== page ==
apparel and retail

Allbirds Sales Fall Again, Losses Increase

Allbirds' latest financial results are in, and its growing losses and slipping sales mark another disappointing quarter. While the numbers are somewhat better than forecasts, observers say it is hard to say just how and when it can turn those trends around.

First-quarter revenue fell 13.4% to $54.4 million, compared to $62.8 million in the first quarter of 2022. And its losses increased to $35.2 million, compared to $21.9 million in the prior-year period.

Allbirds also dialed down marketing budgets in the quarter, spending $11.5 million, compared to $13.8 million in the first quarter of 2022.

The falling sales are due to stepped-up promotional activity, a troubling sign that consumers are less willing to pay full price. It doesn't help that the leisure segment of the footwear business is also struggling, down 3% in the first quarter, according to the latest analysis from Circana.



There are bright spots, including M0.0NSHOT, its effort to make the world's first net-zero-carbon shoe. Still, the company expects to deliver more bad news next quarter, forecasting revenue between $64 million to $69 million. That represents a drop of 18% to 12%.

Allbirds also withheld any forecast for the full year, citing the uncertainty of its transformation plans and the hiccuping economy.

It hopes to reignite growth with a new brand strategy, opening fewer stores, optimizing those already open, and selectively expanding wholesale partnerships.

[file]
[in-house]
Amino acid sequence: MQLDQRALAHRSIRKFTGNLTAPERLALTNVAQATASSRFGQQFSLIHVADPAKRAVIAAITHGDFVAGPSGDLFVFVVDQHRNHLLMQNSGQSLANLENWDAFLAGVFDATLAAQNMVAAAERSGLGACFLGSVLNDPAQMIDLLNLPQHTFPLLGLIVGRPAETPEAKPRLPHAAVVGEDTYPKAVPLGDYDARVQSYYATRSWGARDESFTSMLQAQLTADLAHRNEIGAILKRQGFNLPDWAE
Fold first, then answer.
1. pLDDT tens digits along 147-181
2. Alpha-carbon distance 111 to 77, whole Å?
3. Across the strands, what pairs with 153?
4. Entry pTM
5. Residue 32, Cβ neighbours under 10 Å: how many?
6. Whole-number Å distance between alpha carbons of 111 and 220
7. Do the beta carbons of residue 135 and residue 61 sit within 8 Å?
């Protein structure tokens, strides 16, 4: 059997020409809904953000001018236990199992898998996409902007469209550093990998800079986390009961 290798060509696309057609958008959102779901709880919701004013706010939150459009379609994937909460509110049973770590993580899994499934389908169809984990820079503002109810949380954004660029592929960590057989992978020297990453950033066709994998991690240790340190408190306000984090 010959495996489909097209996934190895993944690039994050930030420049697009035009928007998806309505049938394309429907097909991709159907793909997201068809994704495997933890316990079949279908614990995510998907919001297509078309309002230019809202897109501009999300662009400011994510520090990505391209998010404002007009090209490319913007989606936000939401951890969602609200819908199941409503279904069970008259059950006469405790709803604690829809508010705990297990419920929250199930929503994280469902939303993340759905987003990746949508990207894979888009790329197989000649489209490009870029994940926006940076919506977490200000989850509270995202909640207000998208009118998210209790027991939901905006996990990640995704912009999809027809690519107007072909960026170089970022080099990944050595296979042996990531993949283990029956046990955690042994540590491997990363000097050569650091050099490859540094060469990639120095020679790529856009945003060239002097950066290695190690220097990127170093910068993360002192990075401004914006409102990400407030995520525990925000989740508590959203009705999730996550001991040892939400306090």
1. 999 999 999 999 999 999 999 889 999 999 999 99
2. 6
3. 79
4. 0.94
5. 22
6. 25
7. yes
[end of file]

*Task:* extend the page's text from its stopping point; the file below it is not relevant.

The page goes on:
Current ads focus on its unique approach to sustainability, called “Better Than Natural, Super Natural.” The Allbirds creative team worked with Kamp Grizzly, a Portland-based ad agency. A spokesperson tells Marketing Daily the campaign is running on both streaming and linear TV. There are also video, paid social, podcast and affiliate components. 

But the murky outlook of what's to come unsettles observers. "Ultimately, we see value in the brand and think re-prioritization of product development and marketing toward its core DNA can offer proof points to this thesis over time," writes Mark R. Altschwager, an analyst who follows the company for Baird. "However, more pieces need to come together for shares to gain traction in a skittish market."


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